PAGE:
Upon the discus the maker has depicted Cupid carrying the club of Herakles, the legendary hero. This representation was popular in the 1st to 3rd centuries and shows that love can overcome and subdue even the greatest hero. Cupid, a personification of love, has rendered Herakles useless, his club a metaphor for the hero’s strength and force.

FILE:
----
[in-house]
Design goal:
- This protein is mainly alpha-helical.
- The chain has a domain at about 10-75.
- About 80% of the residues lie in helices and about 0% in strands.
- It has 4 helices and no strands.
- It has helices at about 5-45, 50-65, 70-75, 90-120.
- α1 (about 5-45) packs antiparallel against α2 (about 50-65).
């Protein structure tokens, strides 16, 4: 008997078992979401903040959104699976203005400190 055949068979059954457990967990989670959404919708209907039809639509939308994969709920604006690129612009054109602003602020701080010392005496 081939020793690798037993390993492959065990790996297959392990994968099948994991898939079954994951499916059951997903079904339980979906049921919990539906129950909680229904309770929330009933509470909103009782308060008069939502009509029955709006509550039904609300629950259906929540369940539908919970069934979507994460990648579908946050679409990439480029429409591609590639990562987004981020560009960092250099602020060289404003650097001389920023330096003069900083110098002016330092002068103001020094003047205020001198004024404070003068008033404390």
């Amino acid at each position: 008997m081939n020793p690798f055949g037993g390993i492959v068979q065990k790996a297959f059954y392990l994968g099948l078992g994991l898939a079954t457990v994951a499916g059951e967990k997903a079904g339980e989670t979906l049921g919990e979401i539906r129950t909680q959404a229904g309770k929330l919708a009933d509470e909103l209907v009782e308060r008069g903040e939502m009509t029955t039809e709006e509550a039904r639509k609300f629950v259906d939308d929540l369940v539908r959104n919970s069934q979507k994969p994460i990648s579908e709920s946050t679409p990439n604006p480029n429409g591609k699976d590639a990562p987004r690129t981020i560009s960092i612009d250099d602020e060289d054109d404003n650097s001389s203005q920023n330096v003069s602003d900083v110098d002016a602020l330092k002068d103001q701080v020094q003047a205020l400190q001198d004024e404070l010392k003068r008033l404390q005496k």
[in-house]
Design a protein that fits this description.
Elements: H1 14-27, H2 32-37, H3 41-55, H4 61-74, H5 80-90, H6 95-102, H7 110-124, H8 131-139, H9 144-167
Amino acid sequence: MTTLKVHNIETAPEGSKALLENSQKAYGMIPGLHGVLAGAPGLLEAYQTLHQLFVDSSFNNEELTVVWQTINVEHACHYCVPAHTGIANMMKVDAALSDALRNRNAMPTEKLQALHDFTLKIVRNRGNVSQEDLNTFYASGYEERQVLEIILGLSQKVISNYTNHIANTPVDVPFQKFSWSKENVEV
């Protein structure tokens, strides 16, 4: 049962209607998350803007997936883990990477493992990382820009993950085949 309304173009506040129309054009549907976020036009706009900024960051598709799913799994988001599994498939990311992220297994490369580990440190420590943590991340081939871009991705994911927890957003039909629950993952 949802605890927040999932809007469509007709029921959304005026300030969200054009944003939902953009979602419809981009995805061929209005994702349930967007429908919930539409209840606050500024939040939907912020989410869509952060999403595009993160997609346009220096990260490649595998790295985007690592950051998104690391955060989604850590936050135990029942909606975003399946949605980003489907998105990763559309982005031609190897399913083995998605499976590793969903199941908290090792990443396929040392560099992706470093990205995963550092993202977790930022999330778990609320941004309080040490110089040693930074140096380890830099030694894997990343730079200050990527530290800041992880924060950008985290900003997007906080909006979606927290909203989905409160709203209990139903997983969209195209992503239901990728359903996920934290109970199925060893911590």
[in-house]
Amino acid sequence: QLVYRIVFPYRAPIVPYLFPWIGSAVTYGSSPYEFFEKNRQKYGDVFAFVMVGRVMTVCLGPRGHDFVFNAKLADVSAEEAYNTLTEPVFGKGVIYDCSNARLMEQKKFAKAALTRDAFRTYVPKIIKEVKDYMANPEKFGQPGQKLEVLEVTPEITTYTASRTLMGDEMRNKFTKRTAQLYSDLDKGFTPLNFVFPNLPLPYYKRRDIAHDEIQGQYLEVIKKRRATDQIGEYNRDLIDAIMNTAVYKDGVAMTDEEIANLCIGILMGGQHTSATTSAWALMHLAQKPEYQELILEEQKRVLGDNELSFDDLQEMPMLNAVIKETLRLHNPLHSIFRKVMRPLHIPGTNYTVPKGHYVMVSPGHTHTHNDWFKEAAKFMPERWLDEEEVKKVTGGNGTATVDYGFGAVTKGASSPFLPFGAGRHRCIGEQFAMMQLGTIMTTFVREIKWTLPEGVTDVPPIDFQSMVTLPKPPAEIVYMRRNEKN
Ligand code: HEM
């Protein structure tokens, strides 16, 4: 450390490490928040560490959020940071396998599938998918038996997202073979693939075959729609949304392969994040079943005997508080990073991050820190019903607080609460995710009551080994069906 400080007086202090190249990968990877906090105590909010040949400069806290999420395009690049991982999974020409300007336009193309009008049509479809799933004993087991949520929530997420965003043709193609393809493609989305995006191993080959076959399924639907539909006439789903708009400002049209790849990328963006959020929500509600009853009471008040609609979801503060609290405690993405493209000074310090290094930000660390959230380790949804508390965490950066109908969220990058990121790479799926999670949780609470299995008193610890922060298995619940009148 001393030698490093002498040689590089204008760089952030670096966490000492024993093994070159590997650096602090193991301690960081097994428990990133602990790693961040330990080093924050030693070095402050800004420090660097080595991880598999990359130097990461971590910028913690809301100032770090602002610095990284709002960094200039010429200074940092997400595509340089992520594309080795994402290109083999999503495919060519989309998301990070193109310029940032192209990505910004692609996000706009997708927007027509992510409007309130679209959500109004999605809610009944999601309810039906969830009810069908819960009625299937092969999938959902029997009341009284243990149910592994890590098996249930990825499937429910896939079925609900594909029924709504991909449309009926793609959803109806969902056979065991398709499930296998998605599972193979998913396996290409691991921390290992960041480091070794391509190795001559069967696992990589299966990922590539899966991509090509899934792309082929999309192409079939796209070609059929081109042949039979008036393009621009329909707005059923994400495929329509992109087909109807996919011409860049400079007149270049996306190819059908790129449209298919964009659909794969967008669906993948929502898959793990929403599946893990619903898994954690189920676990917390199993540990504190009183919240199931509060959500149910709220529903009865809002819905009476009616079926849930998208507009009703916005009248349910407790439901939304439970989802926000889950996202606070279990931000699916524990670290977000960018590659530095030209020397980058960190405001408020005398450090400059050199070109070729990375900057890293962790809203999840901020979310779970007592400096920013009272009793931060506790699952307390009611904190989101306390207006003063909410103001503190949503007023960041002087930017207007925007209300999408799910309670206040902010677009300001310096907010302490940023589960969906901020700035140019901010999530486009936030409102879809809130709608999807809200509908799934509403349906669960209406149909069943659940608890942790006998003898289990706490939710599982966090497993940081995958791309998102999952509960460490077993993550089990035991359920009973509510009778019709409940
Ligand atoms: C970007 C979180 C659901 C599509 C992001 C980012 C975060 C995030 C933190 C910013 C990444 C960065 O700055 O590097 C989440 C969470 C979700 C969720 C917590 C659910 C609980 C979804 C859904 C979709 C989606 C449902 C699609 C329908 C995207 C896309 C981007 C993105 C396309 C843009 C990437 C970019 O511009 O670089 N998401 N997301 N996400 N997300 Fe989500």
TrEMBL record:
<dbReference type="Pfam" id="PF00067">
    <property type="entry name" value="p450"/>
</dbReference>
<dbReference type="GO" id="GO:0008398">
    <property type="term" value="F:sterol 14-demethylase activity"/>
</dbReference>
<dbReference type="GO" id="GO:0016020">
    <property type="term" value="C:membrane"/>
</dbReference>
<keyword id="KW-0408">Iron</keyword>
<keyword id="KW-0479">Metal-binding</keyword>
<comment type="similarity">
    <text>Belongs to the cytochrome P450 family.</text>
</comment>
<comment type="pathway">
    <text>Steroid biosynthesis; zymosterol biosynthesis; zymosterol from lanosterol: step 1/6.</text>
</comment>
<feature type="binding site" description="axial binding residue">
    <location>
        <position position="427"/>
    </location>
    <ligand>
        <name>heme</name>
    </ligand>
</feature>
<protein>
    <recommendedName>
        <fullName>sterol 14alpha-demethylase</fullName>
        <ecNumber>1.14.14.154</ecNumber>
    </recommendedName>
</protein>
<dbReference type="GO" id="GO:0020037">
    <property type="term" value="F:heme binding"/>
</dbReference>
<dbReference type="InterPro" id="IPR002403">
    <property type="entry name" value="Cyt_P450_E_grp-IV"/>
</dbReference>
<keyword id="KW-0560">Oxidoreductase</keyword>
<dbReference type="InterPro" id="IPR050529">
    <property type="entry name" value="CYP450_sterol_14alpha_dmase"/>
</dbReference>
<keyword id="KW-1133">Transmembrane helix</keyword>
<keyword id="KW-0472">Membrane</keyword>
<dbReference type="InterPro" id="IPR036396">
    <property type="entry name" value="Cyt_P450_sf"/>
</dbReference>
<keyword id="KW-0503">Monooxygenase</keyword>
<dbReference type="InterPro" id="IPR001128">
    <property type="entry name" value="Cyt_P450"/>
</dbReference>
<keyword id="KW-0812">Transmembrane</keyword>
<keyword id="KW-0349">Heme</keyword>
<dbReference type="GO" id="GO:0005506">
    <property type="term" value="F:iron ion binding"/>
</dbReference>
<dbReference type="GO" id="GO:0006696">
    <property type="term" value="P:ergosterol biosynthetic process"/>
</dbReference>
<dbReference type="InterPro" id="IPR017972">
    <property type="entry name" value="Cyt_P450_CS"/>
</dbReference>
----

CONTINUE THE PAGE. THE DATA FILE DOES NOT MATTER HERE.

Upon the reverse, the Maker’s mark, M NOV I V S T, can be seen. This refers to the tripartite name of the Justus family, M. Novius Justus, who were a prominent family of lamp-makers in the 1st and 2nd centuries. Large numbers of lamps bearing this signature have been found in North Africa, with the workshop believed to have been situated in El Djem, Tunisia. Maker’s marks and stamps decline in use from the third quarter of the 2nd century. Lamps themselves also tend to be inferior in quality compared to their 1st century counterparts, so a signature of pride seemed unnecessary.